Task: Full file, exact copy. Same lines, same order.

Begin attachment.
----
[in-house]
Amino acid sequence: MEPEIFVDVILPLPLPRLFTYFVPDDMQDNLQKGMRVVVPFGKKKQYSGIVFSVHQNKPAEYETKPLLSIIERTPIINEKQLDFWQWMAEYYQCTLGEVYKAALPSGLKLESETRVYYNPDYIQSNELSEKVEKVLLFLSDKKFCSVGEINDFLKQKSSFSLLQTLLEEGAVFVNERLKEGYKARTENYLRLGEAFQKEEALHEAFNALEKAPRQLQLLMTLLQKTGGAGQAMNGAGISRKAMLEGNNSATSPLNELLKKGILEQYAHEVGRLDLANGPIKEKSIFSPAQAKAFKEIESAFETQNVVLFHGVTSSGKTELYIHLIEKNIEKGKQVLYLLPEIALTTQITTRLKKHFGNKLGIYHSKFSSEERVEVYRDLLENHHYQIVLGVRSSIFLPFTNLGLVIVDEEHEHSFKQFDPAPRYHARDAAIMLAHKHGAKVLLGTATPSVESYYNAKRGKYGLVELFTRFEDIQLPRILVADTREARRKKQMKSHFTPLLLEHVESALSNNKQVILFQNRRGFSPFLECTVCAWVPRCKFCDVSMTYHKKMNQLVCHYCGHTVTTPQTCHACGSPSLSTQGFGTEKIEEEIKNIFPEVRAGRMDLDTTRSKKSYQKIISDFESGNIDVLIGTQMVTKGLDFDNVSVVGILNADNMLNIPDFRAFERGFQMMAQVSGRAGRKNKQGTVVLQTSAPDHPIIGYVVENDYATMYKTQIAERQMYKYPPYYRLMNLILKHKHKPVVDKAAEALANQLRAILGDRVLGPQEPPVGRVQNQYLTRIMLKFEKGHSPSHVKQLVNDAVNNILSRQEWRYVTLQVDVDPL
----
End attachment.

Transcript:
[in-house]
Amino acid sequence: MEPEIFVDVILPLPLPRLFTYFVPDDMQDNLQKGMRVVVPFGKKKQYSGIVFSVHQNKPAEYETKPLLSIIERTPIINEKQLDFWQWMAEYYQCTLGEVYKAALPSGLKLESETRVYYNPDYIQSNELSEKVEKVLLFLSDKKFCSVGEINDFLKQKSSFSLLQTLLEEGAVFVNERLKEGYKARTENYLRLGEAFQKEEALHEAFNALEKAPRQLQLLMTLLQKTGGAGQAMNGAGISRKAMLEGNNSATSPLNELLKKGILEQYAHEVGRLDLANGPIKEKSIFSPAQAKAFKEIESAFETQNVVLFHGVTSSGKTELYIHLIEKNIEKGKQVLYLLPEIALTTQITTRLKKHFGNKLGIYHSKFSSEERVEVYRDLLENHHYQIVLGVRSSIFLPFTNLGLVIVDEEHEHSFKQFDPAPRYHARDAAIMLAHKHGAKVLLGTATPSVESYYNAKRGKYGLVELFTRFEDIQLPRILVADTREARRKKQMKSHFTPLLLEHVESALSNNKQVILFQNRRGFSPFLECTVCAWVPRCKFCDVSMTYHKKMNQLVCHYCGHTVTTPQTCHACGSPSLSTQGFGTEKIEEEIKNIFPEVRAGRMDLDTTRSKKSYQKIISDFESGNIDVLIGTQMVTKGLDFDNVSVVGILNADNMLNIPDFRAFERGFQMMAQVSGRAGRKNKQGTVVLQTSAPDHPIIGYVVENDYATMYKTQIAERQMYKYPPYYRLMNLILKHKHKPVVDKAAEALANQLRAILGDRVLGPQEPPVGRVQNQYLTRIMLKFEKGHSPSHVKQLVNDAVNNILSRQEWRYVTLQVDVDPL